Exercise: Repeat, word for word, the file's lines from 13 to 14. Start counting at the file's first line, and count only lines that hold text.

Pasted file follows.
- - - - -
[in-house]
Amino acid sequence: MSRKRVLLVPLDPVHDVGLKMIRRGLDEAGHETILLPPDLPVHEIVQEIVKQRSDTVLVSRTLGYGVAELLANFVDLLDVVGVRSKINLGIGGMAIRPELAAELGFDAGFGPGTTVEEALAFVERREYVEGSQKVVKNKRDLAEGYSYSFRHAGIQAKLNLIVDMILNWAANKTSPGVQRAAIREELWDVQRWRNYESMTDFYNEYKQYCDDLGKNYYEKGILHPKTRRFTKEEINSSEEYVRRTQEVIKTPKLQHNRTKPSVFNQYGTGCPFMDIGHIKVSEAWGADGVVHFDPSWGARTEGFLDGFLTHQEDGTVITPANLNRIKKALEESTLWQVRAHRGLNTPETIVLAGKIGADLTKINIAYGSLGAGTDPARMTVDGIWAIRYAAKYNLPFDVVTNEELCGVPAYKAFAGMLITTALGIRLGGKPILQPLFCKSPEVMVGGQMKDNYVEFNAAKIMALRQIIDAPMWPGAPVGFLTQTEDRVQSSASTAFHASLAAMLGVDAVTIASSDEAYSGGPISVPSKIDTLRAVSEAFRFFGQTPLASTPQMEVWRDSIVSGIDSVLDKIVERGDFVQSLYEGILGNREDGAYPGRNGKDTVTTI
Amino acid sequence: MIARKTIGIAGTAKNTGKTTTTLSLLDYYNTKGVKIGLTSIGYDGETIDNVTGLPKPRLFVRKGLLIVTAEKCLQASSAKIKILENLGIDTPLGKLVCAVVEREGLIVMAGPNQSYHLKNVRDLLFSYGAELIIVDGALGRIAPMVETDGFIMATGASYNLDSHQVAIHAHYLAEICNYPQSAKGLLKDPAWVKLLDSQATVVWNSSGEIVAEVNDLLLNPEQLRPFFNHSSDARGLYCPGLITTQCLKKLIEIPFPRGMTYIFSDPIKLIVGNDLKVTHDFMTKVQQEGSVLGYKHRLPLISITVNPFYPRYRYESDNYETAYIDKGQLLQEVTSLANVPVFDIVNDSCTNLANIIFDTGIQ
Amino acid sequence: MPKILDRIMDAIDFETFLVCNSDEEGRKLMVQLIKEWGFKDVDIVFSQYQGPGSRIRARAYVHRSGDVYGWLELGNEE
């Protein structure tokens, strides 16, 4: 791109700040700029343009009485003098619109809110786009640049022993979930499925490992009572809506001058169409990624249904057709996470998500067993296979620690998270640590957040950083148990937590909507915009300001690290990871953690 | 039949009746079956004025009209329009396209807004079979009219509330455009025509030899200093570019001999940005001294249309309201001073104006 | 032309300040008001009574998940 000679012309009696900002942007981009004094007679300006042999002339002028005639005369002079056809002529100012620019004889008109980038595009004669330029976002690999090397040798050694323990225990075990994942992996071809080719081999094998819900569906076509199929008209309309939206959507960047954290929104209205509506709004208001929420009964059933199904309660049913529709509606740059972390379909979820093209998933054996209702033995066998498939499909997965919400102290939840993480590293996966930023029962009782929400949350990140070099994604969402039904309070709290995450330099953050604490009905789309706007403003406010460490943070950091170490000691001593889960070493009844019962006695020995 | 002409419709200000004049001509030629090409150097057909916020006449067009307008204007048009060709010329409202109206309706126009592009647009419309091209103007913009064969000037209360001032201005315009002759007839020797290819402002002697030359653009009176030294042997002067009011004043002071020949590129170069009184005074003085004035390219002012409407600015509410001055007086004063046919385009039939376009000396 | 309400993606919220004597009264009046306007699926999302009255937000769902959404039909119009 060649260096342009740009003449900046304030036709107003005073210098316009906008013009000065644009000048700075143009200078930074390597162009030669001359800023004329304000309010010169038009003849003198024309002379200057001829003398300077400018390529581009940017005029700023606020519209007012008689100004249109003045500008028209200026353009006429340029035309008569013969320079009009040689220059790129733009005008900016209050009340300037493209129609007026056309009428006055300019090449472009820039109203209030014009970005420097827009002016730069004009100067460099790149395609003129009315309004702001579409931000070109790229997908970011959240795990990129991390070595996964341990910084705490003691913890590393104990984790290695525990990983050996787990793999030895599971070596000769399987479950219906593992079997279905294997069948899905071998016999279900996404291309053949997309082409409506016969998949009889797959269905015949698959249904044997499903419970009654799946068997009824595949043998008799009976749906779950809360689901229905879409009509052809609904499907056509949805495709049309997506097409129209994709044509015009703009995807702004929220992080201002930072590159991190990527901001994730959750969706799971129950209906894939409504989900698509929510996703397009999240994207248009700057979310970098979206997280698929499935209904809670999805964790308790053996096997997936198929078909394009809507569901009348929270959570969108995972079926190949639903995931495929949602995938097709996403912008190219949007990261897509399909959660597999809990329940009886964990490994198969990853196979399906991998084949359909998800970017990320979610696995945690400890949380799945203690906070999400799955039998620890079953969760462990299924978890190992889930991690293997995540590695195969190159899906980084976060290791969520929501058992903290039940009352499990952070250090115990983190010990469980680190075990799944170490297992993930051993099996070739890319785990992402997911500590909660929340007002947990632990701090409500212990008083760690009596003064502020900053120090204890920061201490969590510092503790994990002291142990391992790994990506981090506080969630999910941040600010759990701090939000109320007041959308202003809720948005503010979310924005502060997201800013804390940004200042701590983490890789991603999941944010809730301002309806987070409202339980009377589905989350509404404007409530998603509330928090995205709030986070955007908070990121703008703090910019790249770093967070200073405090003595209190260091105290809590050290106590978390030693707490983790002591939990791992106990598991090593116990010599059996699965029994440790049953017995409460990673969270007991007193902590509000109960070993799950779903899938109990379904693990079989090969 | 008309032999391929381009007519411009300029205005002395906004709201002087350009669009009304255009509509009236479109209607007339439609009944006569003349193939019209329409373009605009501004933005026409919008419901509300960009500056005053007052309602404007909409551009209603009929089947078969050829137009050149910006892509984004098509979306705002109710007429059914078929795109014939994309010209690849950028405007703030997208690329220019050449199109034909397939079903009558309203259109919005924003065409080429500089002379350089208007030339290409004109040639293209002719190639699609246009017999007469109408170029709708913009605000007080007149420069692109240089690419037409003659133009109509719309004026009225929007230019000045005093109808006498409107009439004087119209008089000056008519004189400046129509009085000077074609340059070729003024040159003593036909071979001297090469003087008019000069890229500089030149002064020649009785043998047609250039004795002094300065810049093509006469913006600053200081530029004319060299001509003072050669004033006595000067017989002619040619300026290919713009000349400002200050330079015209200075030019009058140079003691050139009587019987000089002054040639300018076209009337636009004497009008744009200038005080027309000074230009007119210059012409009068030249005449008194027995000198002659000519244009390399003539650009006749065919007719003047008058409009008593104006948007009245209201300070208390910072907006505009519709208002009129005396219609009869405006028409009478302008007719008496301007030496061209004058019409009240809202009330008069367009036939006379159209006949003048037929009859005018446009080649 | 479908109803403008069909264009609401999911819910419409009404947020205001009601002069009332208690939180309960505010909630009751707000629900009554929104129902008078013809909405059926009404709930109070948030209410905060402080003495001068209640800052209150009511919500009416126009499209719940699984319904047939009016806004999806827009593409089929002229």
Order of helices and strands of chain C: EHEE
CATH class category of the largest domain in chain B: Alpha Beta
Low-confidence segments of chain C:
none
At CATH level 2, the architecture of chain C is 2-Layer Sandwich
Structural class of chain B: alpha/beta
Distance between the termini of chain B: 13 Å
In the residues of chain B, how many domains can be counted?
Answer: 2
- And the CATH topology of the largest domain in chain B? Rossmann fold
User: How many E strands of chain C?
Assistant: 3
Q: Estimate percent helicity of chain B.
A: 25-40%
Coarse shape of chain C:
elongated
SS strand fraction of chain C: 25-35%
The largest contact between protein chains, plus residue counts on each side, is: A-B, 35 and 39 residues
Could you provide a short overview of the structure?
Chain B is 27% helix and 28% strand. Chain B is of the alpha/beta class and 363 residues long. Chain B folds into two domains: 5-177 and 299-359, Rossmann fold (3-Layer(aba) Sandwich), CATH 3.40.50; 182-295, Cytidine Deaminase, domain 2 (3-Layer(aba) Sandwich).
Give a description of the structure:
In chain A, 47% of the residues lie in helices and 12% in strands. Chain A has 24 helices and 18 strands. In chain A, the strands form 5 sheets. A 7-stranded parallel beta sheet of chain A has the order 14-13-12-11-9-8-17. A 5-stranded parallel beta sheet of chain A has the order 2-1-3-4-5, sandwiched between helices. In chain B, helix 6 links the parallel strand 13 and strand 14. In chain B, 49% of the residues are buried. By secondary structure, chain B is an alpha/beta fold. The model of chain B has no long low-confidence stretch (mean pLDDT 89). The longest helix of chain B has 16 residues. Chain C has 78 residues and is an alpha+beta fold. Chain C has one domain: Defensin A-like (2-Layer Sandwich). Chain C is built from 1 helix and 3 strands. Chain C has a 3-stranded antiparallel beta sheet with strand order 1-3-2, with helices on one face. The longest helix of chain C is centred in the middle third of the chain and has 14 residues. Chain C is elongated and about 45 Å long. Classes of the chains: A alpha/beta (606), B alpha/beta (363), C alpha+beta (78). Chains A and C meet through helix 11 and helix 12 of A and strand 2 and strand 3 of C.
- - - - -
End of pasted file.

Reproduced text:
In the residues of chain B, how many domains can be counted?
Answer: 2